You know what we don’t see enough of when it comes to pigs? Pig rampages. Sure,
boars get mad and charge at people occasionally, but your average pig rampage is
rarely seen. That is corrected with this issue, as the main story is all about a
man, his post-coital attempt to smell some flowers, and the fierce reaction a pig
has to this fact. All in all the man stays fairly calm about it, which is not how I
would have handled something as shocking as being attacked by a pig. There are then
a series of single page images (at least a couple of which strongly imply that
things didn’t end well for that pig), a collection of ways that people say that they
would like to die, and a final story about a frantic attempt to plug up an active
volcano using a big boulder. Come to think of it, that’s probably how I’d like to
go: jumping into an active volcano. But only if I already knew that I had cancer or
something like that, and preferably holding onto the last remaining copy of Action
Comics #1. Yep, got it all planned out. Anyway, digression aside, I thoroughly
enjoyed the stories in here along with the single page images/stories, but I’ll
leave the details of those a mystery so you have something new to discover when you
buy this comic. $4



Update for 4/17/15

New review today for It’s Tuesday by Amanda Vahamaki, another one from the rapidly diminishing mini kus pile. I swear that there has been no conscious decision to only review comics from other countries, but they do seem to be the ones sending me review copies these days. America, step up your game!

Vahamaki, Amanda – It’s Tuesday



It’s Tuesday

Sometimes a title really nails the tone of a book, even when it’s a seemingly
nonsense title like “It’s Tuesday.” And, well, that’s what happens here. This is the
story of a typical Tuesday in (according to the back of the comic) “a small town
somewhere in southern Finland.” Once you get past that eye-catching explosion of
color on the front cover, things start off slowly and more or less stay that way,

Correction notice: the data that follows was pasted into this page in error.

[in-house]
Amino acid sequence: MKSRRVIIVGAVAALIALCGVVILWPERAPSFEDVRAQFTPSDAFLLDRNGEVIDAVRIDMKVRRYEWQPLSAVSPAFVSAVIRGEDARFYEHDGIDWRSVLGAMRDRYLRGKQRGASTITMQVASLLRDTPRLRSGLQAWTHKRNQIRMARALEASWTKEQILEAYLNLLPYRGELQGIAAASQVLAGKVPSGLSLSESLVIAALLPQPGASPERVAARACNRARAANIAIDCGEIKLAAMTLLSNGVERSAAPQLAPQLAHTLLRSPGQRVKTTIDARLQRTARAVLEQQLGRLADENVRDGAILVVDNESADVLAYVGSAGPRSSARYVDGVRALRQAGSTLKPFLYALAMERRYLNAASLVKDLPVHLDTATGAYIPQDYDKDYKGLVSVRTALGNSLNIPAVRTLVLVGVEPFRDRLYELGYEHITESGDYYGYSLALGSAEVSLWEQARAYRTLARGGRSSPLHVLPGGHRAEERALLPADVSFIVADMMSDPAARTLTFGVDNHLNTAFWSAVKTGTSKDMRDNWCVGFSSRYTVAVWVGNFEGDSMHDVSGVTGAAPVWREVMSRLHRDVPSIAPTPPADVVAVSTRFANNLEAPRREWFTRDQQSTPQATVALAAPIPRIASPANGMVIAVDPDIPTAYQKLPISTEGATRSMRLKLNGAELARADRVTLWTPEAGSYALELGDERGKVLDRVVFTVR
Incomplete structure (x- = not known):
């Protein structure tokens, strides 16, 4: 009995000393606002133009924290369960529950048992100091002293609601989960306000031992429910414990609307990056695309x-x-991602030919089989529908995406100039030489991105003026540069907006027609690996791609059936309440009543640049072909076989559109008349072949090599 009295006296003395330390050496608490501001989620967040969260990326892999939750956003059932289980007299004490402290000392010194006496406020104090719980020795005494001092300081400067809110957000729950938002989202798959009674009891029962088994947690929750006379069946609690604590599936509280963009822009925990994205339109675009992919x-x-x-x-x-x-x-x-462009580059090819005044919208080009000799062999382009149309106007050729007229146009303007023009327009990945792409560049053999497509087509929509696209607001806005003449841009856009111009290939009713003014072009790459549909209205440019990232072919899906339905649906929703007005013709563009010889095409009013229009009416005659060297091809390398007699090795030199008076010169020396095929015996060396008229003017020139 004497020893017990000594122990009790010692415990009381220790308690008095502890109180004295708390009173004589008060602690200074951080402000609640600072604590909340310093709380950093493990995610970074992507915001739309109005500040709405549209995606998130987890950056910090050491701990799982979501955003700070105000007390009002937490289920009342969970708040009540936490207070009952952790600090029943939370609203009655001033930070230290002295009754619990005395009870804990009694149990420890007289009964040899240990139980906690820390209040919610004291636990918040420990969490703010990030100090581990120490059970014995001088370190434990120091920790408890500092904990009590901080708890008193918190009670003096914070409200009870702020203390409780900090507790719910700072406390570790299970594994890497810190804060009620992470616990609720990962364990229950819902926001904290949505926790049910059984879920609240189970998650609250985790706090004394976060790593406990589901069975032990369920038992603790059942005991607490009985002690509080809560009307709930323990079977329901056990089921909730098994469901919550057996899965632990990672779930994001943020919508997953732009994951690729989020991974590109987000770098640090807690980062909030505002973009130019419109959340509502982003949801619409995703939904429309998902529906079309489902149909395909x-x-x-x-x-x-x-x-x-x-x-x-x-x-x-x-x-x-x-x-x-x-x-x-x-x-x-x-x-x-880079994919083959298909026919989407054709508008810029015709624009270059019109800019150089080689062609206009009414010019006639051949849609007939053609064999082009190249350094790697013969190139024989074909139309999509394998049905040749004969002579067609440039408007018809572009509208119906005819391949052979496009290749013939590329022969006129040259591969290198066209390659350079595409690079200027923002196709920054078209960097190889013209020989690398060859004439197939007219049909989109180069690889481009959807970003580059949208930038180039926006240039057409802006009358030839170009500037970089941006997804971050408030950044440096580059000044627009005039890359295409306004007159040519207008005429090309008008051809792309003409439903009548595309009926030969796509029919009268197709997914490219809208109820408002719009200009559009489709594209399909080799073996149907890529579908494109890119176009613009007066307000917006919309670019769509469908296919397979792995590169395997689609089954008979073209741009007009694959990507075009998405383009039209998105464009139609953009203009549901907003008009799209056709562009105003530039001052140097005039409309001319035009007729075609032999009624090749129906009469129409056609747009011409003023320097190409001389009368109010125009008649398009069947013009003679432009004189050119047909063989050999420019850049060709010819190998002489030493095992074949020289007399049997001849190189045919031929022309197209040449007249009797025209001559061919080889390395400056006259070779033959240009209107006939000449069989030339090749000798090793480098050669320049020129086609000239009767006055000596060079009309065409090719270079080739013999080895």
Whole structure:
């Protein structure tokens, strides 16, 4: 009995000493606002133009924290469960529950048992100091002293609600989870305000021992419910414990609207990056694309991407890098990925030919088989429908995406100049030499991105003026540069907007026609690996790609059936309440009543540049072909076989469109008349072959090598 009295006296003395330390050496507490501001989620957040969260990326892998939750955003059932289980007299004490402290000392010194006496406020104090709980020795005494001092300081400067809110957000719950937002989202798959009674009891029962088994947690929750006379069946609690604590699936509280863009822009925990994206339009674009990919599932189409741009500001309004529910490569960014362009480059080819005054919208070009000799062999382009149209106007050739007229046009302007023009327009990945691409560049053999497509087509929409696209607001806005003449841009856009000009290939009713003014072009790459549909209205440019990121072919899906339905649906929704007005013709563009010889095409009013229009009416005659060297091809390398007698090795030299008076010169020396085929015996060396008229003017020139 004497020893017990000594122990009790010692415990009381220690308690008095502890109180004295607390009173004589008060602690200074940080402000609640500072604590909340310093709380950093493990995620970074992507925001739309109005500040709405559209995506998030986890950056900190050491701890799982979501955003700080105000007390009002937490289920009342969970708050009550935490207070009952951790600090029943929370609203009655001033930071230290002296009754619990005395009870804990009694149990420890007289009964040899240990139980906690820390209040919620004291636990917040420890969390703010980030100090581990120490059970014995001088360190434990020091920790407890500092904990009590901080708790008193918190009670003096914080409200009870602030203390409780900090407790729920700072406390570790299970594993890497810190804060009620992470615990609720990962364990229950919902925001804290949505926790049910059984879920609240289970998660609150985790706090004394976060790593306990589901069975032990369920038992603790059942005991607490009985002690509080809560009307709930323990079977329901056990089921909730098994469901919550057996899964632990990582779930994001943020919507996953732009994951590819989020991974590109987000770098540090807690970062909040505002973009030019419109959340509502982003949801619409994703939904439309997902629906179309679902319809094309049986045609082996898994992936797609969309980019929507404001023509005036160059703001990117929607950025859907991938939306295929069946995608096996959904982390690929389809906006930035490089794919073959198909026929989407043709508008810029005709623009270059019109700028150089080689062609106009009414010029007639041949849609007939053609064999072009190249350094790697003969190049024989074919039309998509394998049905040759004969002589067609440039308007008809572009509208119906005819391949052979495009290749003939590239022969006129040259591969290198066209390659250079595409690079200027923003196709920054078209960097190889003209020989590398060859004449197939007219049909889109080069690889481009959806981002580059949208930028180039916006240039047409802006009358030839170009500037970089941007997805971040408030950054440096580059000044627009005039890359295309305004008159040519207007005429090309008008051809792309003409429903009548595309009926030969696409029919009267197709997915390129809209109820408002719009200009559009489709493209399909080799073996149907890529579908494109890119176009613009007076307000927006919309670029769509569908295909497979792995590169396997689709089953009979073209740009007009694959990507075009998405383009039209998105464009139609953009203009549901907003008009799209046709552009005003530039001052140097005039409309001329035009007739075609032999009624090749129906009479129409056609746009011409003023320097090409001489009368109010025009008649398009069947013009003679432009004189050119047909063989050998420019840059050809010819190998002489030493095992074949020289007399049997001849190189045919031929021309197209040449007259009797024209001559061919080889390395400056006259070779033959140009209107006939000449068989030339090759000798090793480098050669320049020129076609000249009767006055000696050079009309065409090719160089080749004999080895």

much like it would in a typical small town on a random day. There’s a cat watching
some people gather apples from the ground, the apples being put out by the side of
the road for anybody who wants them, and we move to a flea market. A gentleman has
just dropped off five garbage bags filled with clothes, and the shopkeeper quickly
realizes that it would make more sense for her to wait until the day when her helper
works to start going through the bags. If all this sounds dull as can be, you’re
probably looking for another book entirely, one with explosions and robots, or
exploding robots. There’s nothing wrong with that, in moderation, but this one is
for the more contemplative moods. Anyway, there’s no sense in me going through this
beat by beat, but other bits I thoroughly enjoyed include the appraisal of a
painting by a moody teenager (and the scene later when this teenager reads over some
of her old diary entries and cringes in embarrassment), a babysitter trying to find
a polite way out of buying some clothes that she doesn’t want, and the creep who
tends to wander through the woods naked and is still on the loose. Translations are
always tricky in books like this, but I really appreciated the fact that Amanda went
through and put the English in for certain signs and locations around town, as it
really helped flesh this tiny world out. I thoroughly enjoyed this, in other words,
and bonus points to whoever did the coloring for this book, as it was stellar



Update for 4/15/15

New review today for Alone in Kyoto by Ian McMurray.

McMurray, Ian – Alone in Kyoto



Alone in Kyoto

What ever happened to all the small press travel comics? They pop up from time to
time now, but they seemed to be all over the place in the late ’90s. Or maybe that’s
just my confirmation bias speaking, as a lot of the artists I liked were doing them,
so obviously that meant that they were more common. Anyway! This is all about Ian’s
trip to Japan in 2003. He makes it very clear in the epilogue that this is a
non-fiction book, but only to the extent that his memory would allow. Meaning that
of course he was going to forget some of the finer points in the 10 years since his
trip, and he was going to misremember some locations, but the heart of it all and
its effect on him remained true. This basically covers three days of him wandering
around Kyoto and then returning to Canada at the end. He very much let events happen
to him on this trip, as he didn’t plan a hotel room or much of anything outside of a
few landmarks/gardens he knew he wanted to check out. He was a single guy at this
point, which left him plenty of time to quietly observe what was going on around
him, and maybe a little too much pure free time. As an aside, I will never
understand why somebody would travel all the way to Japan and then eat at KFC even
once, but as I’ve never been to Japan, maybe you reach a point when any reminder of